“The Arabic programme in my school was phenomenal,” said Damon Mallory, a recent graduate of Boston Arts Academy. His class saw the film Amreeka, went to an Arabia exhibit at a Boston museum and attended a concert by the Palestinian rap group DAM. “The more I engaged myself into this new culture,” he said, “I fell in love with it.”

His schoolmate had a similar experience. “The programme was amazing,” said Ms Ogawa. “I just enjoyed everything that we did.”

A highlight was the April trip to Qatar to meet students at their sister schools. “Meeting the Qataris was by far the best thing I have done,” said Mr Mallory. “I have made life-long friends, and even best friends.”

During the US students’ visit a Qatari teacher suggested a US trip for his students. Within a couple weeks, the QFI chairman, Sheikh Jassim bin Abdulazia al Thani, had approved the idea. By July, the Qatari students were on their way to the US.

The 10-day tour included visits to the American capital and the Nasa Space Center and a beach clean-up in Florida. But the Qataris most enjoyed spending time with American students. “If they wanted to ask us about anything, we answered them; if we wanted to ask them, we did,” said Essa al Malki, 15, a sophomore at Doha Independent School for Boys. “There was no boundaries between us. It was very comfortable.”

Mr Mallory and his new friend Fahad al Nahdi, a senior at Doha Independent School, hope to build on the connection established this summer. They are developing their own QFI initiative, an online network and social forum for students that aims to improve relations between cultures, starting with the Arab and American communities.

“Damon and I fell in love with what QFI was doing and wanted to get involved,” said Mr al Nahdi. After receiving approval from QFI, they submitted their idea – called QFI Step-Up – to the Clinton Global Initiative for funding.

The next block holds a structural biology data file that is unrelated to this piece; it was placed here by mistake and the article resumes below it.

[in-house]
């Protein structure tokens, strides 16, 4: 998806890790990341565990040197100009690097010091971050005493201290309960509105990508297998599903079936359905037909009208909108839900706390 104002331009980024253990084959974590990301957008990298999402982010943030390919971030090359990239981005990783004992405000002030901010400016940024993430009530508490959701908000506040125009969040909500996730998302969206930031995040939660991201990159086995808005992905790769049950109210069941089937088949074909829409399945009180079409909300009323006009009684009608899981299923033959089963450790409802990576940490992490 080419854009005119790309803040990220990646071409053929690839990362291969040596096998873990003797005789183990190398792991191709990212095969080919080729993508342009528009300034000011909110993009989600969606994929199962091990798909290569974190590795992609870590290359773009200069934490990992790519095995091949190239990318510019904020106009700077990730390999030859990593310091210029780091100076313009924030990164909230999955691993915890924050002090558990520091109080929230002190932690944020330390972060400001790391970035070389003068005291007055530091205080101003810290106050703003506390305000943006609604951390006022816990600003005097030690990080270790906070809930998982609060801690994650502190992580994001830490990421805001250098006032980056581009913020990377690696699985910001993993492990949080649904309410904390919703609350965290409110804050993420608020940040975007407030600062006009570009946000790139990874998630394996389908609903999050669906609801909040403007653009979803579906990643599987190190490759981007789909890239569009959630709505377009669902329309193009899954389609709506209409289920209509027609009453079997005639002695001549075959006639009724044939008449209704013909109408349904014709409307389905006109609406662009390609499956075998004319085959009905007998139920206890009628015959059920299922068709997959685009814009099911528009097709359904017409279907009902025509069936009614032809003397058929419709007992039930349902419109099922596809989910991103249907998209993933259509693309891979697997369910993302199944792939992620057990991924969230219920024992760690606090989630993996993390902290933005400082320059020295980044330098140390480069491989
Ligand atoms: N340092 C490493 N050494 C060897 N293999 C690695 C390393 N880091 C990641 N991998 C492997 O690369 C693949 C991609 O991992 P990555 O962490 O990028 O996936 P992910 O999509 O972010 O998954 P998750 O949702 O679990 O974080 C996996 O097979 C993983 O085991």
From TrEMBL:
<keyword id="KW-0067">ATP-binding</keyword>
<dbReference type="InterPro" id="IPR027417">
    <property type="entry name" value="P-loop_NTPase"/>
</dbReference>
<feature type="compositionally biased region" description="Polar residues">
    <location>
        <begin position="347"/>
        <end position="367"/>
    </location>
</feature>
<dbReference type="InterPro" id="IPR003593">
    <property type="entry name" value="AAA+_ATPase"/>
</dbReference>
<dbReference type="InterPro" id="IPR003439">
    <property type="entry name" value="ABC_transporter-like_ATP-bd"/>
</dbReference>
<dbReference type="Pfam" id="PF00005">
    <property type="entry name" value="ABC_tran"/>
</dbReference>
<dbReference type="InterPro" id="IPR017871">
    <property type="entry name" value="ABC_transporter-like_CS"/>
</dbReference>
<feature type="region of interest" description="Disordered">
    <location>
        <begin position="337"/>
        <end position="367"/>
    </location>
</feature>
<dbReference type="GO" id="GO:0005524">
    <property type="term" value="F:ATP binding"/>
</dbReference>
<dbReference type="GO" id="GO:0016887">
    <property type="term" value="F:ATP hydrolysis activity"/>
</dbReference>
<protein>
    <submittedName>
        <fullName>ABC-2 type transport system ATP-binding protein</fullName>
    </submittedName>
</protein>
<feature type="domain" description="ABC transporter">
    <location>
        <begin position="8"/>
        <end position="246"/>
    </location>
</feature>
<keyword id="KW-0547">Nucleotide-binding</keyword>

“We believe that it is important to display to the world how alike we are,” said Mr Mallory, “as opposed to how the media present us to each other.”

edited version ran in the 27 Aug 2010 The National ( www.thenational.ae)


Dongria Dodge Vedanta Dig

Great news from India this week, where Environmental Minister Jairam Ramesh rejected the planned alumina mine of London-based mining giant Vedanta resources on the basis that it represented an existential threat to the local Dongria Kondh tribe.

Activists and journalists have been saying as much for years, including yours truly -- here's a story I wrote about the the Dongria's love for Niyamgiri just over a year ago.

Ramesh's decision suggests that Delhi may be starting to realize that all development is not good development, and that major extraction projects like the Niyamgiri mine often lead to more recruits for the Maoists that have been waging a rebellion across the Indian heartland for decades, but with greater intensity of late. No surprise, however, to find that Congress is already using the Dongria victory for political mileage.


A Ramadan where old meets new

DOHA // This is not your grandfather’s Ramadan.

Thousands of visitors strolled through the Doha Summer Fun Park one evening this week, stopping to nibble on cotton candy and ice cream, check out some Islam-themed television serials or watch their children smash into each other on bumper cars.